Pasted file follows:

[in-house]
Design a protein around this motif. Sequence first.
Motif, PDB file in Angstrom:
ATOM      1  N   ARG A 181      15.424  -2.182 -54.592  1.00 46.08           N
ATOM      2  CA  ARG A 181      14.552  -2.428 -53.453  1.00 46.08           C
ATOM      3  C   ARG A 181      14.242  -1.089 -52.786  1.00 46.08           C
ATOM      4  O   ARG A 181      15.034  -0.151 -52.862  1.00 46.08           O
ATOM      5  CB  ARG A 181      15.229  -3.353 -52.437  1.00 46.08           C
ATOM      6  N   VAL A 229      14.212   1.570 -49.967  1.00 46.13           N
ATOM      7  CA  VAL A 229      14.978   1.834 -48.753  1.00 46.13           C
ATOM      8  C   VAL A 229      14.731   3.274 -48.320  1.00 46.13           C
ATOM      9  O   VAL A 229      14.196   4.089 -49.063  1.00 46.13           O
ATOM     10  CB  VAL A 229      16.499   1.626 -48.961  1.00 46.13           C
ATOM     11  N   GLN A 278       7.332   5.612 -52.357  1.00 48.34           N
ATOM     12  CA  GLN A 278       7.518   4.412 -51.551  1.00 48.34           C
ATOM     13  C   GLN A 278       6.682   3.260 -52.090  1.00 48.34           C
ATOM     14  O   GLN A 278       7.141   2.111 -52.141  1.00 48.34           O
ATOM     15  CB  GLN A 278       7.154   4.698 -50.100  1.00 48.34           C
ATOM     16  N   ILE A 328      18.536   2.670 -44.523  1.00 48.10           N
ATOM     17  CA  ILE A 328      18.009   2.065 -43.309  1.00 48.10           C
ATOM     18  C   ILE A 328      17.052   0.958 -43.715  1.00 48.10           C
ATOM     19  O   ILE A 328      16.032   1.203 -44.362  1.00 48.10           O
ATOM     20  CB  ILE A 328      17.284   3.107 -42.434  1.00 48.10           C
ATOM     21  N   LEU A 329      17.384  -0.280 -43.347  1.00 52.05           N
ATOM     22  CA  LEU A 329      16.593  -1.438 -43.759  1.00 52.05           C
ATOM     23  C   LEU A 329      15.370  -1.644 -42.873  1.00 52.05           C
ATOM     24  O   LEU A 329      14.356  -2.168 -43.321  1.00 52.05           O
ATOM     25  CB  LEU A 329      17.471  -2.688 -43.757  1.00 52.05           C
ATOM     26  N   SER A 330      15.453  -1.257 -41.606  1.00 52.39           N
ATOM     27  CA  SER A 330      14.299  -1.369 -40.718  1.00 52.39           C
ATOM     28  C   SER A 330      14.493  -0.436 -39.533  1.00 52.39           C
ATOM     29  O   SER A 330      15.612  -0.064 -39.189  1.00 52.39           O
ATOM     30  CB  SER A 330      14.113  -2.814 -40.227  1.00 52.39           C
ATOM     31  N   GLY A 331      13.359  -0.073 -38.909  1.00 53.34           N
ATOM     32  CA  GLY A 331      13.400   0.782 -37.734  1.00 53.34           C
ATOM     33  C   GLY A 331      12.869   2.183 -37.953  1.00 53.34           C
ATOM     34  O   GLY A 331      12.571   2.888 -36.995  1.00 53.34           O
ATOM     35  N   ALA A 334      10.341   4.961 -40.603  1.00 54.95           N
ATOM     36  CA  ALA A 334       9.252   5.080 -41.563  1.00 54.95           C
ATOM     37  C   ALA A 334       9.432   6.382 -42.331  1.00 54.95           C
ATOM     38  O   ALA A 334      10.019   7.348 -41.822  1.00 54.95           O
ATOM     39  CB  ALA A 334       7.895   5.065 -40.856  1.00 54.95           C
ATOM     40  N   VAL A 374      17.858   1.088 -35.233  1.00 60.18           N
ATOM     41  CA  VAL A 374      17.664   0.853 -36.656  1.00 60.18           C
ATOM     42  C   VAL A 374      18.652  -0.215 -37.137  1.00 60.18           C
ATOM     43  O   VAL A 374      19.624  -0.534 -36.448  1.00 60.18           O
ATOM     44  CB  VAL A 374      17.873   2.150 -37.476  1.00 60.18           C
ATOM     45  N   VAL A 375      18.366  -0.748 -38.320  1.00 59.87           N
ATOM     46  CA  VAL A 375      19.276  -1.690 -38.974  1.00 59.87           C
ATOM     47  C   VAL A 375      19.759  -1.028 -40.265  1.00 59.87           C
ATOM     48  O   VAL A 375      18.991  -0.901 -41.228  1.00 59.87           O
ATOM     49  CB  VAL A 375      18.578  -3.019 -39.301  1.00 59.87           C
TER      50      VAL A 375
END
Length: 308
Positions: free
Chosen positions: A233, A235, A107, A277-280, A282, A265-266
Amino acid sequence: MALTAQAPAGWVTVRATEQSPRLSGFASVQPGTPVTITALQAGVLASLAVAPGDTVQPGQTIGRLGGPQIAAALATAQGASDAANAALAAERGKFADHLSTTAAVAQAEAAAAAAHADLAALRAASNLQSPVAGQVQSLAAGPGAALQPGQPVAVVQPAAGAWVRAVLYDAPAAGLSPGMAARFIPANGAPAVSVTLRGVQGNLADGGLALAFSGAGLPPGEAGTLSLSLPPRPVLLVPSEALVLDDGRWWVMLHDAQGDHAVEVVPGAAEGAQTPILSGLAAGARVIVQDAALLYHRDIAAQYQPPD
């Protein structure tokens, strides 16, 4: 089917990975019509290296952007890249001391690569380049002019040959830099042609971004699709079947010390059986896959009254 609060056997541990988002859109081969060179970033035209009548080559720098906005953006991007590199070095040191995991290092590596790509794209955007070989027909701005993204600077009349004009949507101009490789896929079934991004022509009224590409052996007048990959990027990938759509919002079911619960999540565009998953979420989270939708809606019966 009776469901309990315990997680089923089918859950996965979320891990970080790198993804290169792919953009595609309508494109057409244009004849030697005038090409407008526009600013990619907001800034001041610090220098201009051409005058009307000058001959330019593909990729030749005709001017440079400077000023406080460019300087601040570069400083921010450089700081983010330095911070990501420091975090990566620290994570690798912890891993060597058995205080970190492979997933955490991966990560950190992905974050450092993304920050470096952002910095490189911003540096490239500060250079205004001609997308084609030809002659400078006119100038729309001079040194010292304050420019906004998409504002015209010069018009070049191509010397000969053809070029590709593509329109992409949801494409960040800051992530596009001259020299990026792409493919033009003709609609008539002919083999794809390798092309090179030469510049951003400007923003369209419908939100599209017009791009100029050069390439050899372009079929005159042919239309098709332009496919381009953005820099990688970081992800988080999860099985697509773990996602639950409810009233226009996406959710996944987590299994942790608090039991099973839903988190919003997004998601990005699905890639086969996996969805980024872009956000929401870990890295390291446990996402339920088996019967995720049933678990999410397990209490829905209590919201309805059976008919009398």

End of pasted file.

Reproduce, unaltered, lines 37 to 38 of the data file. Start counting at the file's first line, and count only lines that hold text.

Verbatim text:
ATOM     34  O   GLY A 331      12.571   2.888 -36.995  1.00 53.34           O
ATOM     35  N   ALA A 334      10.341   4.961 -40.603  1.00 54.95           N